"De advocaten luisteren naar de rechter."
Translation:The lawyers listen to the judge.
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In American English, using the word "advocate" to mean "lawyer" generally doesn't happen and would confuse most people if you tried to use the word that way. I see the dictionary supports that definition though, so I'm guessing the British still use that definition?
Oh solicitor and attorney, two other words. So we have advocate attorney lawyer solicitor Is there a difference? Do they all mean the same?
A lawyer is a general term that covers both solicitor and barrister (advocate). A solicitor is usually the first person that a member of the public will go to with their legal problem. A solicitor will often refer the work to a barrister for specialist advice or to appear in court to represent the client. It is also possible for certain solicitors to appear in court as advocates (barristers), if they have higher rights of audience. The judiciary is drawn from both branches of the profession.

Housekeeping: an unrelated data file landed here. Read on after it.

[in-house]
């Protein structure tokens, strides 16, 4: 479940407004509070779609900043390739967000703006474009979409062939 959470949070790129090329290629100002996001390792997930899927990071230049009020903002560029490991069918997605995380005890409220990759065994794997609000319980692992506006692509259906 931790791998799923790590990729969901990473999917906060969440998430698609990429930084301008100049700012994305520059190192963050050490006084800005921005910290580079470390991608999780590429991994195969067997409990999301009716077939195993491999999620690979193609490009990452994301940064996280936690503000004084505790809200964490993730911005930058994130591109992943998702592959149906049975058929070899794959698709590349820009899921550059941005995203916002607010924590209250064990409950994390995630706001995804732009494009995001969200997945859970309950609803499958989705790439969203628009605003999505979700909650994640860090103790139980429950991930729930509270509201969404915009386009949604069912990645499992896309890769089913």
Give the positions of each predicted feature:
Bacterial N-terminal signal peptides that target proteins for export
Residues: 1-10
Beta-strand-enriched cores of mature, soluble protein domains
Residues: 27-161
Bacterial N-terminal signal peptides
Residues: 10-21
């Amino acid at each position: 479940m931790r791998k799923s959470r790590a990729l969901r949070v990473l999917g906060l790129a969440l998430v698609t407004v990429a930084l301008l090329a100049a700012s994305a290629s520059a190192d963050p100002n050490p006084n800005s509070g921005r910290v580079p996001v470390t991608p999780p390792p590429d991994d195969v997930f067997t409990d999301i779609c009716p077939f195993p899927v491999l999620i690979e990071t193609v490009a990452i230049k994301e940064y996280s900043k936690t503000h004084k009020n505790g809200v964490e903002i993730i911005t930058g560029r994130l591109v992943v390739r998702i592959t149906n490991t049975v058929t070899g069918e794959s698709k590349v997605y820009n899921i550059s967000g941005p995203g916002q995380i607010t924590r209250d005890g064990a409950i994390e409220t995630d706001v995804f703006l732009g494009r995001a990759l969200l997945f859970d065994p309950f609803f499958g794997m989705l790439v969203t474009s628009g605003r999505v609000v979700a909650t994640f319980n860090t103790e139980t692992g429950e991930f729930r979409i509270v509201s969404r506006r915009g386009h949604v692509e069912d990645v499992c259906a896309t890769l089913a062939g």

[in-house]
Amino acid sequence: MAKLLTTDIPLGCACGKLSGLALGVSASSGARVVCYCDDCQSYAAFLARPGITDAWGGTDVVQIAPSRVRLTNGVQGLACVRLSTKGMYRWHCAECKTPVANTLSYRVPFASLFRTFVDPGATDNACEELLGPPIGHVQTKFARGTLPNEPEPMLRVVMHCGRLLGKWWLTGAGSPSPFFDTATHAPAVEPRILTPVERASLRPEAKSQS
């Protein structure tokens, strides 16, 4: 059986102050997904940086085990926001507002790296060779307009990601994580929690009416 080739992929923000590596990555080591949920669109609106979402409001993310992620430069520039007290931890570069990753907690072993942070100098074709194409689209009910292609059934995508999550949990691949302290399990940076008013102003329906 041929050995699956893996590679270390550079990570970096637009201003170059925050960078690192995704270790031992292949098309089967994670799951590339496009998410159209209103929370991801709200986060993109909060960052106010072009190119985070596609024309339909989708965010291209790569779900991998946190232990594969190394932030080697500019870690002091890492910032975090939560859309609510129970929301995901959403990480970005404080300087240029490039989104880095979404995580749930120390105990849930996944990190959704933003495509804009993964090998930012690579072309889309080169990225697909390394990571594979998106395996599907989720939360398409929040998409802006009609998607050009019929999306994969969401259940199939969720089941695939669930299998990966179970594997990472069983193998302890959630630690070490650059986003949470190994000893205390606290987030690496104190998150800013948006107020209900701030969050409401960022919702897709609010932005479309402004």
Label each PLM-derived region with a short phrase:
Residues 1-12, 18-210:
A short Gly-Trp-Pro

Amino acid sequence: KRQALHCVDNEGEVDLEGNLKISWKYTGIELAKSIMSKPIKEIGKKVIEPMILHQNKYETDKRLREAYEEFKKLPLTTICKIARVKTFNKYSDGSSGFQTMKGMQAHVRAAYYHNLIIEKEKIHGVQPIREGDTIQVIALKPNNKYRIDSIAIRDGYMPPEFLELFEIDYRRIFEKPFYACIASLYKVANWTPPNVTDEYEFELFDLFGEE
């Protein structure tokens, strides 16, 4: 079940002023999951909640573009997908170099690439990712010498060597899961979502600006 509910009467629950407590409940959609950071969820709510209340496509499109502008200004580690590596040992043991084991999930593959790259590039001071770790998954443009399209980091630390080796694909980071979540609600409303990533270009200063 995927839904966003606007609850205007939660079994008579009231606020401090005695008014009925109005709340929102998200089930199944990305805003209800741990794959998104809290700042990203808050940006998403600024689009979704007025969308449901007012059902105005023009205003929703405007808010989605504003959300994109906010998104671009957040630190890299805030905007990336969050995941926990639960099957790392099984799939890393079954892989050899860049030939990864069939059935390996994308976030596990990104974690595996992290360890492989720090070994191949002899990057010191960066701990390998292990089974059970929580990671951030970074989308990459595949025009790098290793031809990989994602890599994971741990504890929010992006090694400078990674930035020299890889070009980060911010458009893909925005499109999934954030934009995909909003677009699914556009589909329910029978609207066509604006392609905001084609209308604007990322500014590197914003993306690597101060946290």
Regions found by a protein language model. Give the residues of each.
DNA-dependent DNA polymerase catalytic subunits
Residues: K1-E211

This is the difference between the British English terms. In America we use lawyer and attorney, and they are essentially interchangeable, but you could think of attorney as the equivalent of a barrister, since in court each side has an attorney but when you first seek legal advice you ask for a lawyer. However, both are referred to by both names, and they aren't separate professions.
Edit: In America we use the word "solicitor" for a very different meaning than in Britain. When someone comes to your door or calls your home phone offering services or preaching or selling something, they are a solicitor and you may see "no solicitors" signs in people's doors or windows.
Also in America an advocate can be anyone advocating for anything. While only a lawyer/attorney is licensed to practice law.
I don't think it is. Although lawyer is of course more common, advocate is a correct translation of advocaat.
Ya I think so too. I wrote advocate and they marked it incorrect! I have submitted the request to correct it...I hope they correct it :)
Yep. If you follow luisteren naar with a noun, that part of the sentence will always mean 'listening to _'
But keep in mind the listeners must be plural with luisteren. Ik luister naar de rechter.
I find funny as in portuguese you say : advogado as lawyer. Quite a similar word :)